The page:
Rufus + Syd Explores the Transformative Power of Friendship

Despite the horrors of events such as the massacre in Orlando, there’s little question we’re in the midst of dramatic societal changes in support and respect for LGBT folks. But pockets of prejudice and bigotry remain, especially in small towns like the one depicted by Robin Lippincott and Julia Watts in their YA novel, Rufus + Syd.

Growing up in Vermillion, Georgia is no picnic for fifteen-year-old gay teen Rufus, the son of right-wing Christian, parents. Even walking home from school can be dangerous.

But things dramatically improve when he meets sixteen-year-old Syd, a transplant from Kentucky who’s spent her life taking care of her hairdresser single mom. With her spiky hair, black eyeliner, and snarky attitude, Syd doesn’t fit in either. Immediately drawn to one another, their friendship blossoms.

Told in alternating voices, Rufus and Syd recount how they survived a tumultuous year with the support of one another, as well as two older friends—Josephine, a bohemian who’s moved back to Vermillion after running a cinema in Chicago, and Cole, a middle-aged gay man suffering from brain damage after having been badly beaten up as a teen.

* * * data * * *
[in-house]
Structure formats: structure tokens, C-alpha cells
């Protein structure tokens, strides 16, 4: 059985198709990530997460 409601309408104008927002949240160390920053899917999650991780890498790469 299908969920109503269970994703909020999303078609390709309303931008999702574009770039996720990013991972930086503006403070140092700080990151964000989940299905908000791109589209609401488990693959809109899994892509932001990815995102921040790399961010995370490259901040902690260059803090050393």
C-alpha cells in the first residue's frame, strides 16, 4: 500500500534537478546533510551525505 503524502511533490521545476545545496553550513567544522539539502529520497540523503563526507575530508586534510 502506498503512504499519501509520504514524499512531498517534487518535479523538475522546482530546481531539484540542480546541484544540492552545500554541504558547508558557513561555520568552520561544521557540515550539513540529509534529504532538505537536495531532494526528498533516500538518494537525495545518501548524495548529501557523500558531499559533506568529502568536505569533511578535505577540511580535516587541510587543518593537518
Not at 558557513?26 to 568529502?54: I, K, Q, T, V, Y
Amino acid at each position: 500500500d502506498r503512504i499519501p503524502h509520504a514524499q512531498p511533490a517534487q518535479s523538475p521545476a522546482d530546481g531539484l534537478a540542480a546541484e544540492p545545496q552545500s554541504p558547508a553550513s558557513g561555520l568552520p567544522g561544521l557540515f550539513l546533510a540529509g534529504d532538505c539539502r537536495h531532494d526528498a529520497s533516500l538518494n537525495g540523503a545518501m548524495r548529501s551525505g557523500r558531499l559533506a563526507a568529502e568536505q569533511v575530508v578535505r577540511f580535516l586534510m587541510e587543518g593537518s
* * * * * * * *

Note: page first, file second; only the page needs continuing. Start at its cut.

Nothing goes easily for Syd or Rufus. Syd falls in love for the first time, but her new girlfriend turns out to be more interested in drugs than her relationship with Syd. When Syd’s mother gets pregnant and announces that Syd will need to forget college and stay home to help her with the baby, Syd makes the difficult decision to leave town to move in with Josephine’s friends in Chicago. Rufus and Syd miss each other terribly. Letters fly back and forth between the two. And then, like Cole a generation earlier, Rufus gets badly beaten up by some local gay-haters.

Fortunately, Rufus recovers, and the novel ends on a hopeful note. Both Rufus and Syd have become more comfortable with themselves, surer of where they want to go in life, and more confident that they’re capable of finding their way. Teen readers who feel like they don’t fit in at home or at school for whatever reason will cheer them on.

And chances are, they’ll wish for an amazing friend like Rufus or Syd. Above all, this beautifully written novel speaks to the transformative power of friendship.


By Robin Lippincott and Julia Watts

194 pp. Harmony Ink Press. $14.99


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